What is it?
Curry has become so popular worldwide that now every country seems to have it's own variation. Curry is one of the most popular dishes in Japan, and the Japanese make their curry with onions, carrots and potatoes. Other spices and flavourings often include curry powder, bay leaf and honey, but most of the time Japanese households will use a curry roux cube to make the dish.
Curry was actually introduced to Japan through the English!
How do you serve Japanese curry?
The Japanese eat their curry in one of three ways; as curry with rice, as curry over noodles, or as curry buns, which are bread rolls with a hot curry filling. Curry is often also served over breaded cutlets or 'Katsu'. It's a common misconception in the UK that katsu is the name of Japanese curry, it actually refers to the breadcrumb fried meat cutlet.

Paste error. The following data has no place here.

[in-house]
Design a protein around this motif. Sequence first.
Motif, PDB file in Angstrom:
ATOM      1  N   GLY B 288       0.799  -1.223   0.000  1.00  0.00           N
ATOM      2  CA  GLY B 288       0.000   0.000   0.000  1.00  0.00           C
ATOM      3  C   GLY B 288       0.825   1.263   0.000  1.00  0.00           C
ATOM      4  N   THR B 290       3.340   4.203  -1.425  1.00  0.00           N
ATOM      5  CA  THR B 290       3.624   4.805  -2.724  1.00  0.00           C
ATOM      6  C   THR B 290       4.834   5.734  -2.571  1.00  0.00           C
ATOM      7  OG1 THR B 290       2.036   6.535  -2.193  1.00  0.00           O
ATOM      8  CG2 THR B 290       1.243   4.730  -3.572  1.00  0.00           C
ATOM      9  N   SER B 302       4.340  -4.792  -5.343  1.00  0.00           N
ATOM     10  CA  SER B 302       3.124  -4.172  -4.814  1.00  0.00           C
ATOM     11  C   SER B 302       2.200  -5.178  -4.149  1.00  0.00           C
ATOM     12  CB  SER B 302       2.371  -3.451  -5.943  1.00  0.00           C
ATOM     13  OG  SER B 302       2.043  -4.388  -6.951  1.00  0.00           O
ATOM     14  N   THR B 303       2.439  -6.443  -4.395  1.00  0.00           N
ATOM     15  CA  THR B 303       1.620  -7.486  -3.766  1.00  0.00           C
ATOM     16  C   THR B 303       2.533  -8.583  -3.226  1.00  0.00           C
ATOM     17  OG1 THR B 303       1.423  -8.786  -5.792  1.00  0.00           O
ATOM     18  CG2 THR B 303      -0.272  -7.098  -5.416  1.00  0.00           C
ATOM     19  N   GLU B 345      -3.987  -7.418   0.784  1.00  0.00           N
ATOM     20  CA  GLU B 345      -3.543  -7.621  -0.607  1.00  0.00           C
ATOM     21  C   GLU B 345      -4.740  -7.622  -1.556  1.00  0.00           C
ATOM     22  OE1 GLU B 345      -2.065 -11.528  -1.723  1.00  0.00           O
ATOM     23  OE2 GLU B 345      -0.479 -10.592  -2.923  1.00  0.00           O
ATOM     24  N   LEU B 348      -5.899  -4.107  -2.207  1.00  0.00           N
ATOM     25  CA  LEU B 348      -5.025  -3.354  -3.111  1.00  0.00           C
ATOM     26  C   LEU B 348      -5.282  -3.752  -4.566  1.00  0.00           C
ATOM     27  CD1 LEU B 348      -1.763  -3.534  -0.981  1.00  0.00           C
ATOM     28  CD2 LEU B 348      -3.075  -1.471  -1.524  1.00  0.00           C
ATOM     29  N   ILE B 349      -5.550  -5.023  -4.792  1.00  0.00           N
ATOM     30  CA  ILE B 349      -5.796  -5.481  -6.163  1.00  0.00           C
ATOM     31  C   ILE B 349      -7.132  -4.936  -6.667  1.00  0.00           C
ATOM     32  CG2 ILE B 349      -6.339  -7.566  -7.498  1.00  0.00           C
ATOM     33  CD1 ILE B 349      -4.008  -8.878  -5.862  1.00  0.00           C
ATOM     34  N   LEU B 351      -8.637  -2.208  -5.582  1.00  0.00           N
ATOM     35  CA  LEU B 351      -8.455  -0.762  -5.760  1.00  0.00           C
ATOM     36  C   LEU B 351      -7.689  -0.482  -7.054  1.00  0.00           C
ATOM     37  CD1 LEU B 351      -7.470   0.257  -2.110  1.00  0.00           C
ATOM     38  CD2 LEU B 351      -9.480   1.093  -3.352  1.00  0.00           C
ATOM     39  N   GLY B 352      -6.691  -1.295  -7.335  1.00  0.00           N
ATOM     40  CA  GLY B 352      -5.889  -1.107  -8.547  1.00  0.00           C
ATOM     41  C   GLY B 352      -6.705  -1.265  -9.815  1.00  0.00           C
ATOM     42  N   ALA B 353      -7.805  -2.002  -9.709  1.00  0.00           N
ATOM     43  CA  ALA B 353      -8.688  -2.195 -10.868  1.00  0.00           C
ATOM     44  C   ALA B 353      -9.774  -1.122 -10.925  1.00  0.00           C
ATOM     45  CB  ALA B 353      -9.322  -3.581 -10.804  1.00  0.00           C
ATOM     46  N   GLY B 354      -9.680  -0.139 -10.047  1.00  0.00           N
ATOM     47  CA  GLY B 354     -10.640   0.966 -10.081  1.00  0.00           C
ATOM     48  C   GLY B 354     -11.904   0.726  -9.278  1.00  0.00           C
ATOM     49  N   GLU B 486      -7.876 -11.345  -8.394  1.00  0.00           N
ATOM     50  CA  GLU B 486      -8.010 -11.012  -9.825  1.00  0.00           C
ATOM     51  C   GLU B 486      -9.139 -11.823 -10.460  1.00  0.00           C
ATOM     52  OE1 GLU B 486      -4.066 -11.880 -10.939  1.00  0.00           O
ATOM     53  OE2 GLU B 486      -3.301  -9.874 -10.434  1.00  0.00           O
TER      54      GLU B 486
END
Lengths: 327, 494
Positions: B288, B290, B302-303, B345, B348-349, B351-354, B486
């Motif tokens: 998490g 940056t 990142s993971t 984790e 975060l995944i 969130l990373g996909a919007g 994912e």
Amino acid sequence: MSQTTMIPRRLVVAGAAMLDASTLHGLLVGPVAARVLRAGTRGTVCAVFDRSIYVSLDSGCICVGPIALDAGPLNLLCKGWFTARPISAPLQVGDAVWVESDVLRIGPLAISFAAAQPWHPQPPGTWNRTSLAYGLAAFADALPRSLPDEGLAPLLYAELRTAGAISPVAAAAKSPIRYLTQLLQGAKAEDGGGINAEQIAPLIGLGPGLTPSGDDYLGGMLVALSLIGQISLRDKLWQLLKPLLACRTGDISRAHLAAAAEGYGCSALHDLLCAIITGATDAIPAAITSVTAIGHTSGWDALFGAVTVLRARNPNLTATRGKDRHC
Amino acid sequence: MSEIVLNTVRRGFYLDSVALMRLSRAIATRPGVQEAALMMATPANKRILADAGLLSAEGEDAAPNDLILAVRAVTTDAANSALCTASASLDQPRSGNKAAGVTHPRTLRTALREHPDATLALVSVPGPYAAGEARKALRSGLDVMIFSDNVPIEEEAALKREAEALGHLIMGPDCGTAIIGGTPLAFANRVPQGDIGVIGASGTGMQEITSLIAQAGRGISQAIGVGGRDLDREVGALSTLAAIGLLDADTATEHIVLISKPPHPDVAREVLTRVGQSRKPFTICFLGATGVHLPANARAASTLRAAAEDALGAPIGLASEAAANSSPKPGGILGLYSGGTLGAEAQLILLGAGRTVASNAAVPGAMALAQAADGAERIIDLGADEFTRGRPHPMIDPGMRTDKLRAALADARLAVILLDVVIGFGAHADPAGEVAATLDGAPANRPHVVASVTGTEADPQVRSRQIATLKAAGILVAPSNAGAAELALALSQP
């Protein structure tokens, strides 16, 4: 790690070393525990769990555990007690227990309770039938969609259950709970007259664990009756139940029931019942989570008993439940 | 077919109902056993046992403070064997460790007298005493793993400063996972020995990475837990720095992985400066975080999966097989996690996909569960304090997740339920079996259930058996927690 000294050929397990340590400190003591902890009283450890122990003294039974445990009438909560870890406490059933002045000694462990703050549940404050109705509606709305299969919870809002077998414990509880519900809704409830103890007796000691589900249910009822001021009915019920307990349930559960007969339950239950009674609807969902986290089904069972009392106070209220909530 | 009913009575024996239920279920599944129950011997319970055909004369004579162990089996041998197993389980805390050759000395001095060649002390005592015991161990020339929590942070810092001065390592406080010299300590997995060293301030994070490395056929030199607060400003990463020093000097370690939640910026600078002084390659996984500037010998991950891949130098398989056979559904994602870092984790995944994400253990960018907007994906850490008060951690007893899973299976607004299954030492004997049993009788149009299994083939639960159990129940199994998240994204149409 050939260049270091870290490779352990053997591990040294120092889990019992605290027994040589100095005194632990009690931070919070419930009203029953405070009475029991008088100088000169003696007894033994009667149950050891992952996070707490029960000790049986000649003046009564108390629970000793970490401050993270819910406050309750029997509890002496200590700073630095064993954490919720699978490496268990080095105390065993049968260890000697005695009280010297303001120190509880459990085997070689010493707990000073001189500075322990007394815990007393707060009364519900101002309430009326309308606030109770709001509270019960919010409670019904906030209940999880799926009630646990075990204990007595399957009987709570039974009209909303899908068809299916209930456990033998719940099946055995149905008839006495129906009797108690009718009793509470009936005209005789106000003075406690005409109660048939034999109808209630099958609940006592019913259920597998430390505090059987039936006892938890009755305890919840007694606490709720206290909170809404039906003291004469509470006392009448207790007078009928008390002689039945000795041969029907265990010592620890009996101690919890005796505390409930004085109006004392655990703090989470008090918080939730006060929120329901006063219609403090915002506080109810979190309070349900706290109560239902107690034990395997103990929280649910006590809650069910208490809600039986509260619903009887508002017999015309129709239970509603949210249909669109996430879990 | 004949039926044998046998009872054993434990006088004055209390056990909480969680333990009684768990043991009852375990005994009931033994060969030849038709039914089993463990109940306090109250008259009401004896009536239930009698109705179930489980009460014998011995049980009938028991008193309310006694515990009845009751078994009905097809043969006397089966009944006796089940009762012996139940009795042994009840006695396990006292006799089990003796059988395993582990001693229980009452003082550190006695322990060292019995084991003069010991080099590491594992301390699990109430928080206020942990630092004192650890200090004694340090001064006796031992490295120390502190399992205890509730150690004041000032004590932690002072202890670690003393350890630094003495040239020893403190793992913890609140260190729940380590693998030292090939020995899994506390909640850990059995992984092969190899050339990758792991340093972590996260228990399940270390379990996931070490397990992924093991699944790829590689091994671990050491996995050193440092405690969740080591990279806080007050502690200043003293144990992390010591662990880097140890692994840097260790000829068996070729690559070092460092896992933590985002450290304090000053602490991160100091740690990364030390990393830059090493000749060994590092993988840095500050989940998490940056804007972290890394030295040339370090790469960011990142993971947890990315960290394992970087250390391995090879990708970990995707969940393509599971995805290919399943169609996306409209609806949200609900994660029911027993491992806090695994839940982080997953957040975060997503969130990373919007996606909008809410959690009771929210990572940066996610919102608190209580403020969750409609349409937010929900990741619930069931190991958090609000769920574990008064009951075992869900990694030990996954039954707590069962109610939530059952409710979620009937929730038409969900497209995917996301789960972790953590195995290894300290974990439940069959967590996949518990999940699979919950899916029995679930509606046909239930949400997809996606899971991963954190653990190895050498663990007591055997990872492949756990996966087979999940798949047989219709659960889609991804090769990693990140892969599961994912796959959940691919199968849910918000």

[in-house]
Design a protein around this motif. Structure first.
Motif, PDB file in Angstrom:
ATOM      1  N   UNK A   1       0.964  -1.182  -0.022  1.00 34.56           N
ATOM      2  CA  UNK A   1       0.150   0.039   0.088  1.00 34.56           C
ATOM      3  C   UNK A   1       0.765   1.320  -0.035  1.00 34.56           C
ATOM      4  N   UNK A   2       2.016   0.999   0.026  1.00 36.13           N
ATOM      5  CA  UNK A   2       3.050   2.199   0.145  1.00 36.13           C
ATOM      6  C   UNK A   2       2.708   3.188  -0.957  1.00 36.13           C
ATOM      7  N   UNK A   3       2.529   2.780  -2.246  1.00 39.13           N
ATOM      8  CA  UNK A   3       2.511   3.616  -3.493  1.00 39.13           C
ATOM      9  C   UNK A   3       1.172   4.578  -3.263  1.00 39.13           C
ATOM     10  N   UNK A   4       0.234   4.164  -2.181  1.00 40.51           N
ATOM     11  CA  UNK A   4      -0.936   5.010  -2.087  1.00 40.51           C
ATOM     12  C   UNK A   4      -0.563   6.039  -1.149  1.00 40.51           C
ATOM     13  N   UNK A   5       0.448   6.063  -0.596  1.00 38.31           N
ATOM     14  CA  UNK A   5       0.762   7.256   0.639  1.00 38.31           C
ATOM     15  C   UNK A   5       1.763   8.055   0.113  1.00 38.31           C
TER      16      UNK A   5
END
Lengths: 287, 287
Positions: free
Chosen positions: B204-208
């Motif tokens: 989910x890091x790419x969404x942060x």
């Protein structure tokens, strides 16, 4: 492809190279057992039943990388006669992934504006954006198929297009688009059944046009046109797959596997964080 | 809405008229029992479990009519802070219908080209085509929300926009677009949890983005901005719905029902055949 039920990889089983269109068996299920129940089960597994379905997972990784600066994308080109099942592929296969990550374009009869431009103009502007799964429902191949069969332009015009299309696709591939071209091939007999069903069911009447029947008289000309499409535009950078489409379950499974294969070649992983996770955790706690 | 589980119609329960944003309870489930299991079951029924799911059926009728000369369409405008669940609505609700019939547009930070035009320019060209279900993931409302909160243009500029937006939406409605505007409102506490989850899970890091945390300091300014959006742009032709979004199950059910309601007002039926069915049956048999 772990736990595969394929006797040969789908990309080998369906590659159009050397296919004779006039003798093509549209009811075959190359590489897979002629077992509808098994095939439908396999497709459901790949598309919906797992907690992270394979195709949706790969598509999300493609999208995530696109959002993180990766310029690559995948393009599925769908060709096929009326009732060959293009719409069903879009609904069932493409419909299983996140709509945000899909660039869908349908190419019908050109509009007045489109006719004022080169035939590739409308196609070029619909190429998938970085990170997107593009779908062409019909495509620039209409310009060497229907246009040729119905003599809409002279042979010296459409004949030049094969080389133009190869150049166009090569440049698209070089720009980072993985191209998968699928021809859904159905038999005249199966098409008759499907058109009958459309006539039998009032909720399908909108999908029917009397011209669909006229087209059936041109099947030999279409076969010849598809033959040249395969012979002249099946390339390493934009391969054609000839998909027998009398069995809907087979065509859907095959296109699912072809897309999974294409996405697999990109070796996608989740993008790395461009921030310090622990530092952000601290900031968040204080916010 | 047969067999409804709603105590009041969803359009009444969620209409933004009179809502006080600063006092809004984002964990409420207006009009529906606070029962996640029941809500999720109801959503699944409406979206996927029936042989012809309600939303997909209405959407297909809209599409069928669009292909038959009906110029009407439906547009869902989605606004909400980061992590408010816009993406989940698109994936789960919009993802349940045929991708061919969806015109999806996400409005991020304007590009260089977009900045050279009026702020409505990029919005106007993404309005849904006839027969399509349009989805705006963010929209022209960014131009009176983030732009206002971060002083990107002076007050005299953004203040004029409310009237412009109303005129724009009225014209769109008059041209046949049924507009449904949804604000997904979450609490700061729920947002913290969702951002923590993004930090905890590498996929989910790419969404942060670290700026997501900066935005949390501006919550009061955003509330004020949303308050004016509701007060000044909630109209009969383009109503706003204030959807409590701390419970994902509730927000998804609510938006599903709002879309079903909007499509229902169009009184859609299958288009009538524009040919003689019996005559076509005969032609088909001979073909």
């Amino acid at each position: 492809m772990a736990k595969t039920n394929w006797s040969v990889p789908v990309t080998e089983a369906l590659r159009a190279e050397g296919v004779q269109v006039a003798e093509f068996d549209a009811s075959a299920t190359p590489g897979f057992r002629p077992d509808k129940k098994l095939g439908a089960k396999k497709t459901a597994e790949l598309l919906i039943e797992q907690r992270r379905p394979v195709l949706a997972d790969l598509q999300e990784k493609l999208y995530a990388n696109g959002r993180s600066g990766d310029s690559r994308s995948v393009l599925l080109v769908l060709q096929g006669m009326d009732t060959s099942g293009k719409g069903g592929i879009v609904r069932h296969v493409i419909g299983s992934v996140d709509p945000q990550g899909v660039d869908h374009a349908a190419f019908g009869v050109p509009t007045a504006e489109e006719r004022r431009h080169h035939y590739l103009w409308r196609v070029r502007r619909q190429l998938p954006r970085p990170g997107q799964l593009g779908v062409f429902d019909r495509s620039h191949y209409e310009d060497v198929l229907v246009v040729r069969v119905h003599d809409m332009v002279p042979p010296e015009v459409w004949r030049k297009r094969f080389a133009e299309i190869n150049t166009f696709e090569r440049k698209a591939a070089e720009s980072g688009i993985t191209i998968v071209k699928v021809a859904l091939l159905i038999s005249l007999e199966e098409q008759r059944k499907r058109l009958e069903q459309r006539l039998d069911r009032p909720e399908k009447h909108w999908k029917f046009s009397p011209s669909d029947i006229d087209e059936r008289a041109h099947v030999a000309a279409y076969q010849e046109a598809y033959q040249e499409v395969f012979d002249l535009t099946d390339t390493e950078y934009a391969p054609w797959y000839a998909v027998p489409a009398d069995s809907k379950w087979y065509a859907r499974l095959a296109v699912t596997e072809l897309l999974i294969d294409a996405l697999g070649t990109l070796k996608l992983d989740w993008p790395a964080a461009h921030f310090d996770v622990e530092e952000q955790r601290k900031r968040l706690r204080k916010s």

Japanese curry will often be served with chicken, beef or pork and is often made with a meat base.
If you are serving curry with rice, use the short-grain sticky Japanese rice, or sushi rice. This is how the Japanese serve their curry, not with the indian long grain rice we often do. It's easier to eat with chopsticks this way too!
If you want to make curry buns, or just enjoy curry at it's best, leave it overnight in the fridge. The flavours become much more delicious, and the curry is more easily handled and placed into buns.
What types of Japanese curry are there?
As with most dishes in Japan, curry is cooked in different ways regionally, and each region is very proud of their way of cooking the dish. Aomori Prefecture is famous for it's scallop curry, Nagano makes an apple curry, and Wakayama even makes a whale curry.
There are no rules for how to make your curry; just make a base using a Japanese curry roux cube, thicken with potatoes, carrots and onions, blend to make a sauce, and then the rest is up to you! Curry is delicious when mixed into noodles and served with breaded prawns and Japanese pickles, it's also great over fried tofu, or made into a thinner sauce and served with soup noodles.